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Illegal Paintings in the City:

For several nights, after working all day in the museum, I went out to paint in the street of Victoria. Out of the six paintings I did, we selected two and printed life-size photographs to fill two walls from top to bottom in the exhibition space. After that, we gave to the visitors the freedom to discover the other four paintings in the city by themselves.

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Paths Mural Painting:

Every morning on the museum’s wall, using the correspondent color, I painted the path I have been walking the day before. Using masking tape, the drawing was stylized and simplified. I added a rule: the more I transited a street during that day, the thicker I had to paint the line. This uncontrolled mural evolved everyday during the 12 days of the residency. The idea was to generate a wall painting in which the final appearance was out of my control and to appreciate the result as a whole abstract painting and not like individual maps.

I used a large paper map to transfer the daily paths from my notebook to the museum wall. This graphic transfer process generated a huge quantity of colored dots (the ones I was marking and following as guides to paint the lines on the wall). The large map proved to be a faithful replica of the map I was creating while sticking the colored dots everyday in the city. This large piece, called Matrix Map, was left on the floor of the museum in the middle of the room – the same place it could be found during the time I was working in the museum.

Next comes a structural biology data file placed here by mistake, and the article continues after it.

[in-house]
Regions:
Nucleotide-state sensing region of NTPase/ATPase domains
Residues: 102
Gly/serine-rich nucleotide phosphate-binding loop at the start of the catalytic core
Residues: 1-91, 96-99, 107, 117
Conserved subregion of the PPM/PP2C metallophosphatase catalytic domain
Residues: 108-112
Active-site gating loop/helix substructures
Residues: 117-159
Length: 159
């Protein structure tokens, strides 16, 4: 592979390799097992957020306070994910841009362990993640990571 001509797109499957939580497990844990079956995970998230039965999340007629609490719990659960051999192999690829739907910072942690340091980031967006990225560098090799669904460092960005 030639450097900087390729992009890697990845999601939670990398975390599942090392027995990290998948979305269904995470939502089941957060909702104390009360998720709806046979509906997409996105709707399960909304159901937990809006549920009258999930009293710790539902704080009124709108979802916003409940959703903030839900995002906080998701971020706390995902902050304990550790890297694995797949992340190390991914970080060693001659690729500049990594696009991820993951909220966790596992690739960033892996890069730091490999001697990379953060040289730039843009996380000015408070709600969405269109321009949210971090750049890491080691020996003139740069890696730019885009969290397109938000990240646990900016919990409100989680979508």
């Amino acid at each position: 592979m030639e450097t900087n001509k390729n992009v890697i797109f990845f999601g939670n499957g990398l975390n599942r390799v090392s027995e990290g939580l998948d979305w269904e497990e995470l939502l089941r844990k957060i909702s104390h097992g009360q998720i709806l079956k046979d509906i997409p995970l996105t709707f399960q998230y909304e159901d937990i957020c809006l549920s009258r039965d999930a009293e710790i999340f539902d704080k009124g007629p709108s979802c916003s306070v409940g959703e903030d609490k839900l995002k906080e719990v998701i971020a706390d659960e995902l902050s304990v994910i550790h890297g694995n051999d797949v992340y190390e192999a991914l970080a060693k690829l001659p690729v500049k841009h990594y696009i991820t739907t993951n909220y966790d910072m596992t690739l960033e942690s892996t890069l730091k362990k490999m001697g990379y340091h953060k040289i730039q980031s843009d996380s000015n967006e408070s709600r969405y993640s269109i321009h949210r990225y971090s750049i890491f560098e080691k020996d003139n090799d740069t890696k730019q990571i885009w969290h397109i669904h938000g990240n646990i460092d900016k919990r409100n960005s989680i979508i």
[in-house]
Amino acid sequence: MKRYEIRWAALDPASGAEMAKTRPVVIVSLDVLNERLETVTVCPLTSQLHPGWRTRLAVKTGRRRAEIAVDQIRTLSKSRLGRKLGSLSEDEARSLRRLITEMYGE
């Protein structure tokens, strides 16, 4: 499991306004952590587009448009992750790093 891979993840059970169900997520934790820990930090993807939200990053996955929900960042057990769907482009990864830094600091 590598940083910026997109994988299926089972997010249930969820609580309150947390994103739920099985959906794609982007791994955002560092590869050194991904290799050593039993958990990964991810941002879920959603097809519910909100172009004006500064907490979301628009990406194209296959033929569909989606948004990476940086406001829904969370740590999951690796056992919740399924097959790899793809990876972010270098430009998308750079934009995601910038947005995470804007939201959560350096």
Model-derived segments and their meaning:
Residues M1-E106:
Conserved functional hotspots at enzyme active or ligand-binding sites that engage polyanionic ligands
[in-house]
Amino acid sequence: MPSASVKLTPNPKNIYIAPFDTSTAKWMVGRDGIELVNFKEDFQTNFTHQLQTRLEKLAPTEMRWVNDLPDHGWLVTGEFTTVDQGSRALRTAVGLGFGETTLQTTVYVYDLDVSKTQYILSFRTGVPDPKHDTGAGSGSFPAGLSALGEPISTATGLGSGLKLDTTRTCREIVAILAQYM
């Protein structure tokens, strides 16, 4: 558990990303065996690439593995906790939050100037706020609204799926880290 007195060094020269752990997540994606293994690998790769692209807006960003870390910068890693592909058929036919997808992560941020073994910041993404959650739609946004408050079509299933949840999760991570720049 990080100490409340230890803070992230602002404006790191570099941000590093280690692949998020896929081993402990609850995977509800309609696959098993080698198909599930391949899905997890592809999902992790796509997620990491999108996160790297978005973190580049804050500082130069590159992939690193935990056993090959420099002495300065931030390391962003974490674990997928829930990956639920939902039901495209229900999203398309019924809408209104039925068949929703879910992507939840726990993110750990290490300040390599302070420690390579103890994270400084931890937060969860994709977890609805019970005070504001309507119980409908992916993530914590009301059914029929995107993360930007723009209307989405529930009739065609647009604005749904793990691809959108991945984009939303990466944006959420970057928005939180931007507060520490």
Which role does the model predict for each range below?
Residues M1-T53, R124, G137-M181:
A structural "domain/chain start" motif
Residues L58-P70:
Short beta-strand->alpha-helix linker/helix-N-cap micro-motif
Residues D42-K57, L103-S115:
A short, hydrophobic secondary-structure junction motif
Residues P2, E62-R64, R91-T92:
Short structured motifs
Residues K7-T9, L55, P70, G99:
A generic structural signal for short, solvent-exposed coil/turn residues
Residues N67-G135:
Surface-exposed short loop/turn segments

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Round Stickers:

The round stickers experiment was the most intense part of the project. I had to mark my path through the city at every moment, sticking round stickers in every street-corner I was transiting. On average, I stuck one sticker every 30 seconds while I was walking in the city. The idea was to observe how the colorful points were accumulating on the spots I transited the most; and at the same time, to mark my path so people could follow it. A different color was used for each day, using the same color code as for the mural painting.

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Exhibition Pictures:

Somewhere inside the museum…

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Photographs: Irene Moratinos and Eltono
Many thanks to Sergio and Javier, Blanca de la Torre, Daniel Castillejo and Irene.